Putting scenes in static environments like restaurants or coffee shops should be avoided.  There are very few memorable restaurant or coffee shop scenes that don’t involve violence or sex. There is almost nothing dynamic about these scenes.


Truly great dialogue is possible if people are hungry for it.

In the film Black Panther Killmonger is an enigmatic character who obviously knows something we don’t.  He finally reveals the entire story when he confronts T’Challa in the royal chamber.

Killmonger: Ask who I am?
Shuri: You’re Erik Stevens. An American black operative. A mercenary nicknamed Killmonger.
Killmonger: I am N’Jadaka,  You ain’t the son of a king.  You’re a son of a murderer.

Uh, oh.  Now the plot really thickens.

Creative Screenwriting Magazine

Photo by Andre Guerra


“Luke, I am your father.”  ‘Nuff said.

Okay, so actually that’s a misquote: “No, I am your father.” is the actual quote but point made.  Revealing something momentous is a great way to make people pay attention.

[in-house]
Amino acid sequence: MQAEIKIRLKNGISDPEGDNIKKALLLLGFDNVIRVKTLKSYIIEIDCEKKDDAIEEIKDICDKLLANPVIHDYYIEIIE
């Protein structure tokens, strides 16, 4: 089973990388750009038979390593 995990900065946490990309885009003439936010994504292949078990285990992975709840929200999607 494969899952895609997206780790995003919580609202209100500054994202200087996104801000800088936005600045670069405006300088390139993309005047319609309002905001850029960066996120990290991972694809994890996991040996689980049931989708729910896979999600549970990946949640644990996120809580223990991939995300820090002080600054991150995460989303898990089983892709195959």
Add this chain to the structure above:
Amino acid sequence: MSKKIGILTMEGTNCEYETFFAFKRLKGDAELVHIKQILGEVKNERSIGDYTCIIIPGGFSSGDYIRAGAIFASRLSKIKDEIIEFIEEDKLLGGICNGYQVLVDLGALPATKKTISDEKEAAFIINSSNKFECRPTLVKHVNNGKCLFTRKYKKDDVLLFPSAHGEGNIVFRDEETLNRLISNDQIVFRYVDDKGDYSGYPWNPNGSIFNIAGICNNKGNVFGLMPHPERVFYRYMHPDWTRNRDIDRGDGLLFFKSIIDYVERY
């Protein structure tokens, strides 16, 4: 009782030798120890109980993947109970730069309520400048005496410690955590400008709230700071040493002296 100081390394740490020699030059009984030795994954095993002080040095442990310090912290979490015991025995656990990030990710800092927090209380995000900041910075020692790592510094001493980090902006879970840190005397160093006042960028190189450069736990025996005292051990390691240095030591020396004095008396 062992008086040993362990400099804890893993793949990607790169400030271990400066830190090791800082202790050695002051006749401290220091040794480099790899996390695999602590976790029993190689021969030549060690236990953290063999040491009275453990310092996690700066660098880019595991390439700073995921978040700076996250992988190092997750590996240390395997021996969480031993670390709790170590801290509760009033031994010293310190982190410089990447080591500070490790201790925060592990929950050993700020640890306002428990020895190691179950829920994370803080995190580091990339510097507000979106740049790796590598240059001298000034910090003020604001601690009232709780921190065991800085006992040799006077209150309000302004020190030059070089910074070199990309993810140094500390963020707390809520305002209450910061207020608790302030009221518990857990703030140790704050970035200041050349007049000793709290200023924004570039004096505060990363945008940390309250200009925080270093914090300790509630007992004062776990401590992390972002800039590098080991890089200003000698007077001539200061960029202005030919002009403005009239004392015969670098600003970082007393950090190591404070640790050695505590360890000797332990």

I had a teacher who would use that phrase to convey nonsense he didn’t want to express or hear. Use the blah, blah, blah rule to form good dialogue. For example, never have a character just say “yes” or “no”.  This doesn’t help the story one bit.  It’s blah (and blah, blah.)

In the wonderful Pope of Greenwich Village Charlie, played by Mickey Rourke, asks a bookie about his irresponsible cousin, Paulie, written and played beautifully by Eric Roberts.

Charlie: Did Paulie make his payment this week?
Bookie: (disgusted) Paulie who? (Meaning no and he’s done this before.)

Instead of saying Yes or No, the Bookie character responds with a funny line that both reveals character and adds to the storyline.


The insanely tight movie The Fly starring Jeff Goldbloom and Geena Davis has a scene that stands out as being a stunningly good example of subtextual dialogue.

Goldbloom is turning into a giant fly creature.  Davis still loves him and is emotionally shattered because she wants to help him.  He looks at her and says:

Goldbloom: Have you ever heard of insect politics?

Gena Davis shakes her head.

Goldbloom: Neither have I.